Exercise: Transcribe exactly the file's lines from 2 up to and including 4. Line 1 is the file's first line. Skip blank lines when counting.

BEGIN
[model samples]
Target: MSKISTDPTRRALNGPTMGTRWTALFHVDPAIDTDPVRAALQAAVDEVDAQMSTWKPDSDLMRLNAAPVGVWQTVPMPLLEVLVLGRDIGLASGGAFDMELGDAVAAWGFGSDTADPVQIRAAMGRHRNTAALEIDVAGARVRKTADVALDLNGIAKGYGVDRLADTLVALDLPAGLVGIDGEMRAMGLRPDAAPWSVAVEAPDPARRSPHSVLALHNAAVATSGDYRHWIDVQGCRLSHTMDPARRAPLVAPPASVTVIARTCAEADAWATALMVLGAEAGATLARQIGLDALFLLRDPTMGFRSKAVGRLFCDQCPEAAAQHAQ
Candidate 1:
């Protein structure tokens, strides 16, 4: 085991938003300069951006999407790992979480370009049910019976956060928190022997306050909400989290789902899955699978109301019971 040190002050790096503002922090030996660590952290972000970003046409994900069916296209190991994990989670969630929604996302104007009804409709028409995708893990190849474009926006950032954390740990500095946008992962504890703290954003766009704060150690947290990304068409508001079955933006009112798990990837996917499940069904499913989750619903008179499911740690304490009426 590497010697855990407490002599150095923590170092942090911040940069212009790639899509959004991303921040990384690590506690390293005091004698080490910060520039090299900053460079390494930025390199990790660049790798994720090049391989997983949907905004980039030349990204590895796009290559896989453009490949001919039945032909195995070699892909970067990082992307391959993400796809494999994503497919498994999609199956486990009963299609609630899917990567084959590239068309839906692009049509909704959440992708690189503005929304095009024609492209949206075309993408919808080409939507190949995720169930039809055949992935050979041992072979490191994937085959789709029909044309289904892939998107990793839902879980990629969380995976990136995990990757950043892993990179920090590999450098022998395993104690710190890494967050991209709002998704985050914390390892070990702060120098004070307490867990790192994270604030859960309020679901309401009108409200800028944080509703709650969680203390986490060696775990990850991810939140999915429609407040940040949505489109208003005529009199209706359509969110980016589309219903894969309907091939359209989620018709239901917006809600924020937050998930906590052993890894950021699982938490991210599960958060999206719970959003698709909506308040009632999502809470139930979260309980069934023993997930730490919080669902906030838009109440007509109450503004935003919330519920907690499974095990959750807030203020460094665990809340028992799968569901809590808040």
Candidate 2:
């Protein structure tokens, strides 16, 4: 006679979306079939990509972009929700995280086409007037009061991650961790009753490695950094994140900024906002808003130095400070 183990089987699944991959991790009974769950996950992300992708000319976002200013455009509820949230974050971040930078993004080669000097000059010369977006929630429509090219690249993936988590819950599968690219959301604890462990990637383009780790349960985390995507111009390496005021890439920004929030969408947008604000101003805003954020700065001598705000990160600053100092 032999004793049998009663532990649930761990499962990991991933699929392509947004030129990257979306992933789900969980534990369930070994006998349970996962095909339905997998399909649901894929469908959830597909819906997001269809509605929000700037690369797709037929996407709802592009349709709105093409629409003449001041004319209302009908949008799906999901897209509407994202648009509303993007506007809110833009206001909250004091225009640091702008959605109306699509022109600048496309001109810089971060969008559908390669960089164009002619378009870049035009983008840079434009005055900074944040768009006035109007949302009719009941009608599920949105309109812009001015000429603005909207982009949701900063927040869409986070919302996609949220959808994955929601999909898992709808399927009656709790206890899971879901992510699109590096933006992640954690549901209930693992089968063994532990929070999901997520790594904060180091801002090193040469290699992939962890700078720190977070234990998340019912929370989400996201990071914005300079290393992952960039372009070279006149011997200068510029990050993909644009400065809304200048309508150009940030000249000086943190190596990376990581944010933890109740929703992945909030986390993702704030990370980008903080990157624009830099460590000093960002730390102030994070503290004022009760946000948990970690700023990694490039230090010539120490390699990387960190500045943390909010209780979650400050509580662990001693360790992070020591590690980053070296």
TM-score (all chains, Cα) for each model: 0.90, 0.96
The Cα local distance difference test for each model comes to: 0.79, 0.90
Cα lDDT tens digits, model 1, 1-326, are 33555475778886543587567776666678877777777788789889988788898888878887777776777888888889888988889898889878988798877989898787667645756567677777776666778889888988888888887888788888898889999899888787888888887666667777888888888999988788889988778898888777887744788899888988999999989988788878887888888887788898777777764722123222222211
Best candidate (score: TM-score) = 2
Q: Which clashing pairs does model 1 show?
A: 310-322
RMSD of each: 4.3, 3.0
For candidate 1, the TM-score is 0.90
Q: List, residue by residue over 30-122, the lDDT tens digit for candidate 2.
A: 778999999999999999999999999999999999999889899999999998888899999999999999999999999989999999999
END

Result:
Target: MSKISTDPTRRALNGPTMGTRWTALFHVDPAIDTDPVRAALQAAVDEVDAQMSTWKPDSDLMRLNAAPVGVWQTVPMPLLEVLVLGRDIGLASGGAFDMELGDAVAAWGFGSDTADPVQIRAAMGRHRNTAALEIDVAGARVRKTADVALDLNGIAKGYGVDRLADTLVALDLPAGLVGIDGEMRAMGLRPDAAPWSVAVEAPDPARRSPHSVLALHNAAVATSGDYRHWIDVQGCRLSHTMDPARRAPLVAPPASVTVIARTCAEADAWATALMVLGAEAGATLARQIGLDALFLLRDPTMGFRSKAVGRLFCDQCPEAAAQHAQ
Candidate 1:
């Protein structure tokens, strides 16, 4: 085991938003300069951006999407790992979480370009049910019976956060928190022997306050909400989290789902899955699978109301019971 040190002050790096503002922090030996660590952290972000970003046409994900069916296209190991994990989670969630929604996302104007009804409709028409995708893990190849474009926006950032954390740990500095946008992962504890703290954003766009704060150690947290990304068409508001079955933006009112798990990837996917499940069904499913989750619903008179499911740690304490009426 590497010697855990407490002599150095923590170092942090911040940069212009790639899509959004991303921040990384690590506690390293005091004698080490910060520039090299900053460079390494930025390199990790660049790798994720090049391989997983949907905004980039030349990204590895796009290559896989453009490949001919039945032909195995070699892909970067990082992307391959993400796809494999994503497919498994999609199956486990009963299609609630899917990567084959590239068309839906692009049509909704959440992708690189503005929304095009024609492209949206075309993408919808080409939507190949995720169930039809055949992935050979041992072979490191994937085959789709029909044309289904892939998107990793839902879980990629969380995976990136995990990757950043892993990179920090590999450098022998395993104690710190890494967050991209709002998704985050914390390892070990702060120098004070307490867990790192994270604030859960309020679901309401009108409200800028944080509703709650969680203390986490060696775990990850991810939140999915429609407040940040949505489109208003005529009199209706359509969110980016589309219903894969309907091939359209989620018709239901917006809600924020937050998930906590052993890894950021699982938490991210599960958060999206719970959003698709909506308040009632999502809470139930979260309980069934023993997930730490919080669902906030838009109440007509109450503004935003919330519920907690499974095990959750807030203020460094665990809340028992799968569901809590808040």